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Ataturk's daughters.

Though founded upon Western secularist principles, Turkey has not been immune to the Islamic fundamentalist upsurge of recent years. Nowhere is Ataturk's legacy more pointedly challenged, the author shows, than in heated public struggles over matters affecting women and their status as full and equal citizens.

On a fine April evening in 1994, a conference at the Women's Library in Istanbul is drawing to a close. In the courtyard of the converted Byzantine basilica, 20 or so women, mainly academics and other professionals, prepare to leave after a day of discussions marking the fourth anniversary of the institution's founding. A sliver of moon rises over the Golden Horn, whose waters twist their way through this old, lower-class neighborhood.

One woman in the group nudges another and points at the moon: "Pretty, no?"

"No," exclaims the other in mock dismay, "I won't say anything nice about it!"

Nervous laughter runs through the courtyard as everyone catches the reference to the Islamic crescent. The joke is bitter. Just a week before, Turkey's main Islamic fundamentalist party swept the municipal elections of Istanbul and the nation's capital, Ankara. It wasn't a national takeover by any measure; the winning Islamist party, Welfare, took only 19 percent of the votes nationwide in fragmented local elections. This, however, translated into victory in 28 cities, including Istanbul, the most secular. Nobody at this point can say exactly what powers over daily life the mayors of cities have; to make drastic changes to the secular state and its laws, the party would need to do as well or better in national parliamentary elections in 1996.

But when Islamist parties start gaining ground, women and their institutions tend to be the first to notice. The Women's Library, itself supported by the city government, is just the kind of organization that could feel the pinch. Set down in the midst of a traditional neighborhood, designed to appeal not only to Western-style feminists but to any woman with an interest in women's history, it nonetheless stands firmly identified with Turkey's secular and egalitarian culture - and so could easily draw the ire of an Islamist mayor.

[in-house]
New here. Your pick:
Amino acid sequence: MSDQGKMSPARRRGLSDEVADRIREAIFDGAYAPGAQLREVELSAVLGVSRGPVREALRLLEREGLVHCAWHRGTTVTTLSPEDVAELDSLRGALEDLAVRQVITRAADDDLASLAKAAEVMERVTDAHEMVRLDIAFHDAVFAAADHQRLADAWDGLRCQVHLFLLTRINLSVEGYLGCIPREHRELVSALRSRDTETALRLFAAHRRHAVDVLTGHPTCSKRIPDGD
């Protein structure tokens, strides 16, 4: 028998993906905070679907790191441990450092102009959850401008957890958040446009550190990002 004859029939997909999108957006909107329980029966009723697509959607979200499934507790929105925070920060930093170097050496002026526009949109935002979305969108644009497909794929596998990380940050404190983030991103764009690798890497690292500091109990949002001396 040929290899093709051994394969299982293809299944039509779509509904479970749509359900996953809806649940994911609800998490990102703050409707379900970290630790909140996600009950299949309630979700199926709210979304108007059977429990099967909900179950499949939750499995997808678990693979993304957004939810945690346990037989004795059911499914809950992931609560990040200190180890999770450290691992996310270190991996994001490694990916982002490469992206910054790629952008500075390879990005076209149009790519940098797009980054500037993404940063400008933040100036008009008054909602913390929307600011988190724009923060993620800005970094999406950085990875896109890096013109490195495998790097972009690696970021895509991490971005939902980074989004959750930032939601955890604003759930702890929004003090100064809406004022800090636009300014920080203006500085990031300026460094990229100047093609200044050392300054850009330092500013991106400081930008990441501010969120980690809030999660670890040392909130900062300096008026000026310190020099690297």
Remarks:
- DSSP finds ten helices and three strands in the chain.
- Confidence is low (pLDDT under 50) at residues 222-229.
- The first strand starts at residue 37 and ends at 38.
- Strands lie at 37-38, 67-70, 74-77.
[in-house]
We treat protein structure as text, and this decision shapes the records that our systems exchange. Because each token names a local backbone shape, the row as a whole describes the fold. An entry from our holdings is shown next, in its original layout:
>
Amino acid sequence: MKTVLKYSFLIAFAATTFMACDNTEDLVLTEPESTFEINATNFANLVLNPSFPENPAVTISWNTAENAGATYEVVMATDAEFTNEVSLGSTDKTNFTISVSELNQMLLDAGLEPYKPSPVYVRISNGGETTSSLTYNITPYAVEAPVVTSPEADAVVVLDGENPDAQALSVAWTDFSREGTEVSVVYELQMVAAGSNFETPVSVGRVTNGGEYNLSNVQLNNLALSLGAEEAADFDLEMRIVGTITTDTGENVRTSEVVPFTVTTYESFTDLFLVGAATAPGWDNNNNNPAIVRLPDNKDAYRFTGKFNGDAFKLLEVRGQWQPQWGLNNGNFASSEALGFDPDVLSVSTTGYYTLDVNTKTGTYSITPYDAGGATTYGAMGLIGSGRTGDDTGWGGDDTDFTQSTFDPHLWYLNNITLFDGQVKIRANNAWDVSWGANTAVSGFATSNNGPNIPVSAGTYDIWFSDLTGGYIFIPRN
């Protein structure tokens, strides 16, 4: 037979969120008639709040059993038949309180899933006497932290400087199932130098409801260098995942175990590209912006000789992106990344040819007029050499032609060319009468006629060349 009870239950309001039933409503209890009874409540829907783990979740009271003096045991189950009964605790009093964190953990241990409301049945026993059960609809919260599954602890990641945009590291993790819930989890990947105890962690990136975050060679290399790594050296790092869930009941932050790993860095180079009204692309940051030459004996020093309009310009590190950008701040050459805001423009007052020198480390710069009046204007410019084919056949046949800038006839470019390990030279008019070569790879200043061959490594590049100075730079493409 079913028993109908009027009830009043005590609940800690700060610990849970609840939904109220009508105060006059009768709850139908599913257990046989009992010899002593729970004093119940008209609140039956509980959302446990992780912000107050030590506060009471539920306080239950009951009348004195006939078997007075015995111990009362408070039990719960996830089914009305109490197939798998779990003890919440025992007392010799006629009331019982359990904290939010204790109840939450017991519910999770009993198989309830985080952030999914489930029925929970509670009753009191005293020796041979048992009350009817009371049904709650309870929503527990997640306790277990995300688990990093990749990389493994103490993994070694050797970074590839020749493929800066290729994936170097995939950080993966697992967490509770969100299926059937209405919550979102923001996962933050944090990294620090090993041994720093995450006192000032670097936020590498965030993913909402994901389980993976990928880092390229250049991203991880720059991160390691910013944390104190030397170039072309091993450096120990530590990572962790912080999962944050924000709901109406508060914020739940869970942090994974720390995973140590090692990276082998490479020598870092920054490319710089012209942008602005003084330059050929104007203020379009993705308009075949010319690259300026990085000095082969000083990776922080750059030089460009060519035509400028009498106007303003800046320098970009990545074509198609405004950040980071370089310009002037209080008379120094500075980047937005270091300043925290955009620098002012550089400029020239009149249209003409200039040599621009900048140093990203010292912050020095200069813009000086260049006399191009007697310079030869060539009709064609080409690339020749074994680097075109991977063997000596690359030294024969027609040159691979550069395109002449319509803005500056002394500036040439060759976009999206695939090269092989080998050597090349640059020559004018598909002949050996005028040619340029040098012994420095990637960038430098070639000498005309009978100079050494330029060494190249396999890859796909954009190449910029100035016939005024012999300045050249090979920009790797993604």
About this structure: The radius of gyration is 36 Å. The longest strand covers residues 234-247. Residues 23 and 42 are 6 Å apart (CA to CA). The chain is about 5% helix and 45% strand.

The ostensible topic of the anniversary conference is "Women in the Islamic World," but the participants have spent most of the day arguing over what will come next, what to do about it, and whether to panic. During the breaks, they wonder whether the wine they are sipping is illegal - the new mayor having proclaimed, on his third day in office, that alcohol would no longer be served at City Hall functions.

Everyone at the conference knows how the fundamentalists have moved in on women in Iran and other nations, shooting or beating those who refuse to veil their faces and segregating public workplaces. But Turkey's situation, they also know, is more complicated.

More than a year later, it remains so. In addition to a political system with an 80-year commitment to secularism, Turkey has had until recently a female prime minister, Tansu Ciller (who may yet be able to form a new government). It also has an avowedly "moderate" Islamist party cagey about what changes it actually seeks. Such cunning is necessary. A broad-based popular emotional investment in women's emancipation remains a badge of Turkey's modernity, proudly worn by many Turkish citizens.

After the group dispersed that evening two springs ago, I fell into conversation with a young woman named Deniz, who had returned to Istanbul the previous fall after spending a decade in America training to be an art historian. Hired to teach the introductory art course at the Istanbul Fine Arts Faculty, she had been surprised to discover that a substantial minority of the female students in her class wore the Islamic head scarf. In her own college years, a decade before, such a style of dress would have been illegal, head scarves being explicitly religious and the university firmly secular.

Deniz had tried to take the head-scarved students in stride, but two weeks into the term she was summoned by the dean, who told her the university had two serious complaints about her behavior. The first was that she was being too pleasant and tolerant toward the fundamentalist girls in her classes. Though the university had been forced to admit such students, the dean explained, it had an obligation, as a secular institution, to make them uncomfortable. The other complaint was that her skirts were too short.

I laughed at this, and Deniz looked astonished. "You find it funny because you're American," she said. "Not one single Turkish person I've told that to, not one, has understood why I thought it was funny."

It's easy for an outsider to laugh, harder to thread the maze of Turkey's contradictions and to appreciate the struggles that wove it. The "secularism" to which the Turkish state pledged itself in 1923 has much in common with the type subscribed to by Western governments - enough to set it off sharply from virtually all its neighbors in the region. But there are divergences from Western-style secularism as well. The most notable is the absence of any real connection in people's minds - in this nation 99 percent Muslim - between the concept of a secular government and that of true religious tolerance, for believers as well as unbelievers.